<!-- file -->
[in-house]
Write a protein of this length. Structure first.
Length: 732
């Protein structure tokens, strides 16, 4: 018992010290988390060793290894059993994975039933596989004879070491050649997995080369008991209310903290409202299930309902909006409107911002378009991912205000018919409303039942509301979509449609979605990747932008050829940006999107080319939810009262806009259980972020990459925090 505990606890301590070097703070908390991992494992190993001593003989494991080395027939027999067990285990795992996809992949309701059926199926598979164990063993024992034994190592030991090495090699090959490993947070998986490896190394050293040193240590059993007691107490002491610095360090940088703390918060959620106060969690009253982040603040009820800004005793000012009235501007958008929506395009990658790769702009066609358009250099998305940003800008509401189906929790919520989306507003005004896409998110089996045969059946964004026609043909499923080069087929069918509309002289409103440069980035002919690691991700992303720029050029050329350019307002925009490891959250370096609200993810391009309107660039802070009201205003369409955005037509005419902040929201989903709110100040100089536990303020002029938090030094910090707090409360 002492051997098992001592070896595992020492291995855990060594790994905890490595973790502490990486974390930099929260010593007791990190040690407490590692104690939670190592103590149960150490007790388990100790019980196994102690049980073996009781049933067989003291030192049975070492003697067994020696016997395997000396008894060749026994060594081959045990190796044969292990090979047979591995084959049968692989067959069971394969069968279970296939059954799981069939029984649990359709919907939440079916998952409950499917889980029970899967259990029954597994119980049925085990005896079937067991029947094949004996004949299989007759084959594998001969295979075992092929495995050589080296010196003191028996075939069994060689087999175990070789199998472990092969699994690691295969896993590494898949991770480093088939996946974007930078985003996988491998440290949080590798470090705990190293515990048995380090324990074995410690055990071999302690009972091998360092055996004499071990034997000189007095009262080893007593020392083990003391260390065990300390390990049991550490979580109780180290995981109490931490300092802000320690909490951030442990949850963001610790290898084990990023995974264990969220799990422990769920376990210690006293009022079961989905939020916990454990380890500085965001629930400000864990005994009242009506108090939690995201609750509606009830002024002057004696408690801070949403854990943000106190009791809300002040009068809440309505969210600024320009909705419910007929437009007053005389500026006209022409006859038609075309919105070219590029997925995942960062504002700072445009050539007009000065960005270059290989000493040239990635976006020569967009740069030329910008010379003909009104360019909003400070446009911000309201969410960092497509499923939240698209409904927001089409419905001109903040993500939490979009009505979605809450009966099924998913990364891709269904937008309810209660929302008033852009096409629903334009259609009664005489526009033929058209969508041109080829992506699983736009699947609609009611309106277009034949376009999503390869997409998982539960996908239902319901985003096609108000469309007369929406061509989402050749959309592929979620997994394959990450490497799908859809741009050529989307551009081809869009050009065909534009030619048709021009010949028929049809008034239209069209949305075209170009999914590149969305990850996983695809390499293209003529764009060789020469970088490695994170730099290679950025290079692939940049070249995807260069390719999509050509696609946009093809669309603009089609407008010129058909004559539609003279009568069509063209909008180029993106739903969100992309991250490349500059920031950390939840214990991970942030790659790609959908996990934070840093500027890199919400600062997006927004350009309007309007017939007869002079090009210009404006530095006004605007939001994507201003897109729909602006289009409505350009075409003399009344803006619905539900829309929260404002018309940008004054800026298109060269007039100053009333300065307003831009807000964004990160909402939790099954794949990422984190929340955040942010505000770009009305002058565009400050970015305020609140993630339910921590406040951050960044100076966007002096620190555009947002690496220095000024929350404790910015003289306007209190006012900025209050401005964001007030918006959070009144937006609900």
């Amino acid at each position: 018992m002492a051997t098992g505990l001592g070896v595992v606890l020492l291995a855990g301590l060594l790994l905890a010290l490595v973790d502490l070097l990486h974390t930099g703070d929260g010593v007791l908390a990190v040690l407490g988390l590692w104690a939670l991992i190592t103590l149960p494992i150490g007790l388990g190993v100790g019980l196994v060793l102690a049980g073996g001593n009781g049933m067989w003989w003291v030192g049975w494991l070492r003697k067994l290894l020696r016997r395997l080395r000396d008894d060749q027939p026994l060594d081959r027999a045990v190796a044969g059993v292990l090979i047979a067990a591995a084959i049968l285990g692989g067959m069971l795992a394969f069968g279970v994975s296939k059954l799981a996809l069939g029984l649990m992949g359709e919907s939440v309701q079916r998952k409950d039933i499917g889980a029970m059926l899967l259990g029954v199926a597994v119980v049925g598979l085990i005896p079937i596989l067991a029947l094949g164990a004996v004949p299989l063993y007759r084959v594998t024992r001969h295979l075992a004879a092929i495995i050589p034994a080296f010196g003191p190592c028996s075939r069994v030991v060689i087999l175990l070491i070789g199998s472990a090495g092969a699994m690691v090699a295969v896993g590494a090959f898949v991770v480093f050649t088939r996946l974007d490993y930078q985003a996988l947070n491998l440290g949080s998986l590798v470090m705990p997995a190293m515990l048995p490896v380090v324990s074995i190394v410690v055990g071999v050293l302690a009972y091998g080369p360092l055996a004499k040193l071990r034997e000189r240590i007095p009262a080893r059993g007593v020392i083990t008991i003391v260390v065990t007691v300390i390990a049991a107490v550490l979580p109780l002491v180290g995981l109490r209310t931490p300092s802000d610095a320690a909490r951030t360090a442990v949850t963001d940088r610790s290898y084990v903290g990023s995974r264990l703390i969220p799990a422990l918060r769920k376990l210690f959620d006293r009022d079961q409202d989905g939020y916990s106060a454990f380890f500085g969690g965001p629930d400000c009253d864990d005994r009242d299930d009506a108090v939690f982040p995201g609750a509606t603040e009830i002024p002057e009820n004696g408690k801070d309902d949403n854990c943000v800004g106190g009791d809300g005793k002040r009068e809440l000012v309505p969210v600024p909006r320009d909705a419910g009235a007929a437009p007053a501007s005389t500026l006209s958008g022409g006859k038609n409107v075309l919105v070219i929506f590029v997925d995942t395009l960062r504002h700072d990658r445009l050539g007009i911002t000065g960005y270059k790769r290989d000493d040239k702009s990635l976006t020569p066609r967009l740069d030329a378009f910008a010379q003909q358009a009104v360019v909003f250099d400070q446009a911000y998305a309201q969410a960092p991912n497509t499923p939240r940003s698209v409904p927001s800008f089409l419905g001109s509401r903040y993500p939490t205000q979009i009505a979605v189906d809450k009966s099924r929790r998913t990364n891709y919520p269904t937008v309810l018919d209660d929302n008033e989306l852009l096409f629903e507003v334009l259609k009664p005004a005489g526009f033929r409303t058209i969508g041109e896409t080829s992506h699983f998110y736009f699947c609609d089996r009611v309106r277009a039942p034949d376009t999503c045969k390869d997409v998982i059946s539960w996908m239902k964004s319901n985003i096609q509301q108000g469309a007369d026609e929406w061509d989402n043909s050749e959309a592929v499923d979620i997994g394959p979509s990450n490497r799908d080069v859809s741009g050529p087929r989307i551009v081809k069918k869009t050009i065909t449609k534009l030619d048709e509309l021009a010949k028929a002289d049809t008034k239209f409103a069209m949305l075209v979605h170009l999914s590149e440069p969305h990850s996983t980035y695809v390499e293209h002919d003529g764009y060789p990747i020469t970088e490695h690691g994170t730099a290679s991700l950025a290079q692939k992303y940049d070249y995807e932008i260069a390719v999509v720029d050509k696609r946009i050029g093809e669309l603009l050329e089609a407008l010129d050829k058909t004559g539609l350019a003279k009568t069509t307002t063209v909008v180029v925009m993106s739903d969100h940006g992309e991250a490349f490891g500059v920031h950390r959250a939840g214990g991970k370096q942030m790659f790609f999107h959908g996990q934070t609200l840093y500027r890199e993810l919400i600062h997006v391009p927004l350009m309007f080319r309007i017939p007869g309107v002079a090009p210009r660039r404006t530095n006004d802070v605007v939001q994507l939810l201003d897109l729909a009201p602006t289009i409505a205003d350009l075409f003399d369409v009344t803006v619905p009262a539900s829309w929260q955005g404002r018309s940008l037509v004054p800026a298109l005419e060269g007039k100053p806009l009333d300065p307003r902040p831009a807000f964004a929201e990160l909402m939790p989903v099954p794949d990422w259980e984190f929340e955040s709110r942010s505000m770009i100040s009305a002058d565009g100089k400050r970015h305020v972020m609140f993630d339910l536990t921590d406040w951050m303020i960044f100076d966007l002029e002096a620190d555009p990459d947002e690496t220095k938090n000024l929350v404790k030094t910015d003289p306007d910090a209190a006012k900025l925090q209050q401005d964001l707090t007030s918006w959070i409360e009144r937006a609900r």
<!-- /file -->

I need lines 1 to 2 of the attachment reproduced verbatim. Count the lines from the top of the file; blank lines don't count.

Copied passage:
[in-house]
Write a protein of this length. Structure first.